Man's physical universe

xanabras

UNIT IX

SECTION 2

METALLURGICAL PROCESSES HAVE MADE POSSIBLE

THIS AGE OF METALS

Introduction.

The use of coal to replace charcoal in

the smelting of iron and the

invention of the steam engine inaugurated the industrial revolution.

Our modern industrial civilization is still based on iron, and every

year has witnessed new methods of producing harder, tougher, and

stronger iron alloys (steels). Up until recent times the corrosion of

iron nearly kept pace with its extraction from ores, but modern

research has developed many corrosion-resistant alloys and other

methods of combating corrosion.

New metals and alloys have entered industry in competition with

steel. Chief among these new metals is aluminum, the most widely

distributed and most abundant metal, though practically unknown

until the twentieth century because of the highly specialized means

required for its extraction. Suitably alloyed and treated, aluminum

One of the trends in mod-

has properties rivaling those of mild steel.

ern metallurgy is toward lighter alloys.

Every year sees fresh progress in the field of metallurgy, and there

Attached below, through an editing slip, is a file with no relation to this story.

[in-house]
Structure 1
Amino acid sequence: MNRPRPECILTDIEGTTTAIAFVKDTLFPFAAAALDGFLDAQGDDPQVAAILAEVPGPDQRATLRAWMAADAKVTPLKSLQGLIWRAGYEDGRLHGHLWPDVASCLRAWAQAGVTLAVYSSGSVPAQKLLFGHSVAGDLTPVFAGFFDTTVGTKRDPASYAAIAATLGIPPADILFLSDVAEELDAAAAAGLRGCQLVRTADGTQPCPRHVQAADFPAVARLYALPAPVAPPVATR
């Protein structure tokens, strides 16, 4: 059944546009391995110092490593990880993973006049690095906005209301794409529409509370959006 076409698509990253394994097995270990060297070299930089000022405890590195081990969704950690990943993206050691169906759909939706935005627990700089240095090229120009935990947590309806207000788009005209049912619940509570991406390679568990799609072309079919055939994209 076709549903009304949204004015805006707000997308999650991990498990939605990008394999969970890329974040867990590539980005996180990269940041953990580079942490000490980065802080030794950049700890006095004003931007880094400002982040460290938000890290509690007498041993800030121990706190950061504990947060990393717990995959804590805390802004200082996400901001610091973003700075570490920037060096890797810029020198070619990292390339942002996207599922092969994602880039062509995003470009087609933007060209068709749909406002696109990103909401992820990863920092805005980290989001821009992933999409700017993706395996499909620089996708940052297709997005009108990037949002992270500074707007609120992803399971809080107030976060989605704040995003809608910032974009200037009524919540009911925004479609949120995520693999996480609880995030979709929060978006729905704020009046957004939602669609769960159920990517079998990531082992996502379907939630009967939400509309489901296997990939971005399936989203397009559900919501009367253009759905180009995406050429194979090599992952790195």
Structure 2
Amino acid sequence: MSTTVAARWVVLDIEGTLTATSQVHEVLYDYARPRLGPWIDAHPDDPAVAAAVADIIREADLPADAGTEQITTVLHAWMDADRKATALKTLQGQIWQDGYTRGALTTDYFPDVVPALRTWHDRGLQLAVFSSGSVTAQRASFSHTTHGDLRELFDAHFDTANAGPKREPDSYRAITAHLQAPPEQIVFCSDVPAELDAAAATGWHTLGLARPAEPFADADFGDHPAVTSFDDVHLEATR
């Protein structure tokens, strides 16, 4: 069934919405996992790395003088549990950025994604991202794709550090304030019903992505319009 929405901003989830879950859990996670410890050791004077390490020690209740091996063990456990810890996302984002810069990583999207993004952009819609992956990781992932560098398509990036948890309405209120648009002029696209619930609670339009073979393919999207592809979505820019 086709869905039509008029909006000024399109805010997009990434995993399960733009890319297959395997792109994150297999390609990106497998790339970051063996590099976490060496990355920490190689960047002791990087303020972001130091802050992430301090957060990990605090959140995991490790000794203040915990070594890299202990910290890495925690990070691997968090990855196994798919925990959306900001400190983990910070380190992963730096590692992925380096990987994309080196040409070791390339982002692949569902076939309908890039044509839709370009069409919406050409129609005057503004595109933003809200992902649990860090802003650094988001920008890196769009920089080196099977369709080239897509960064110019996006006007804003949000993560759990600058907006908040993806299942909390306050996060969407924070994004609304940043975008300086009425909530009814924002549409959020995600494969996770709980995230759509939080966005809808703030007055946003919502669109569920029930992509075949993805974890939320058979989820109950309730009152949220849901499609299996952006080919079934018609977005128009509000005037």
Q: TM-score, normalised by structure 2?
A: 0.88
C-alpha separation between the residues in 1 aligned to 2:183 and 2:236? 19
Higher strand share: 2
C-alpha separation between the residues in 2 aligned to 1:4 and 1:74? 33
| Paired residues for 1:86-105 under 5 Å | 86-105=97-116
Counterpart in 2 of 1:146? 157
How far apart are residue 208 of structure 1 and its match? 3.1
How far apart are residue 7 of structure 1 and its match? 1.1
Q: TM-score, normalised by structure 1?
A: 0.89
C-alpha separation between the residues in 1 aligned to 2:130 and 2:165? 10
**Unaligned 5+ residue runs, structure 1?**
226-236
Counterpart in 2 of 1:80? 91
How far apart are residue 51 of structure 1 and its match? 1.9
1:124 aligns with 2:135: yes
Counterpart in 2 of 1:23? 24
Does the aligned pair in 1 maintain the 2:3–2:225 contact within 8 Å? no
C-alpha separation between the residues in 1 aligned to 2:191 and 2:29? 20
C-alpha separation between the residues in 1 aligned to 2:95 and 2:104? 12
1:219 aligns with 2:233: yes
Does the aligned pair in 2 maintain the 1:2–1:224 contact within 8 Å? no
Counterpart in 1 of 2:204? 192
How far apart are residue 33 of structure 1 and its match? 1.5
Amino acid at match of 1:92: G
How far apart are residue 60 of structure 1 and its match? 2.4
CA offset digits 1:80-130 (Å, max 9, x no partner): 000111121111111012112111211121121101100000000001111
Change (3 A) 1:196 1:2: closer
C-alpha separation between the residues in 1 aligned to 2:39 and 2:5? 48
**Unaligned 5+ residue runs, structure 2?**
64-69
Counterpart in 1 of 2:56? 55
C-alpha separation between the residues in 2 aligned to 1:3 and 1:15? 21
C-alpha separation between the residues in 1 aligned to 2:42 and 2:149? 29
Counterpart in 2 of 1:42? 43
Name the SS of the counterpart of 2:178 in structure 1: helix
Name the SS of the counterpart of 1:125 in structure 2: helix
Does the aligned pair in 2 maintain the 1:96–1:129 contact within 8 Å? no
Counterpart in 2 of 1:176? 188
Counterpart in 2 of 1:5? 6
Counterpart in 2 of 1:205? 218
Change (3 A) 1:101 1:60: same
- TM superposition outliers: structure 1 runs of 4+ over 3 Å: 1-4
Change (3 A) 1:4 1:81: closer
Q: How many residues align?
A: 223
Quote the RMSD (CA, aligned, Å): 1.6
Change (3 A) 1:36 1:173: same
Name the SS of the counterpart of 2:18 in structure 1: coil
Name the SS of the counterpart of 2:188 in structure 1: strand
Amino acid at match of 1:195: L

is hardly any branch of the history of civilization more fascinating

than that which traces the development of man from the Stone Age

to the Metal Age of today.

Progress in Metallurgy Has Depended on the Widespread Use of

Metals.

Metallurgy is the science and art of preparing metals for use from

their ores. The metallurgical processes depend upon the nature of the

ore and the metal to be separated. The metallurgy of the heavy

metals differs in general from that of lighter ones.

The metallurgical operations (often called smelting) of the heavy

metals fall into four groups: (1) The ore is separated from useless

foreign material by various concentration methods. This is done by

hand selection, sifting, washing with a stream of water, and froth

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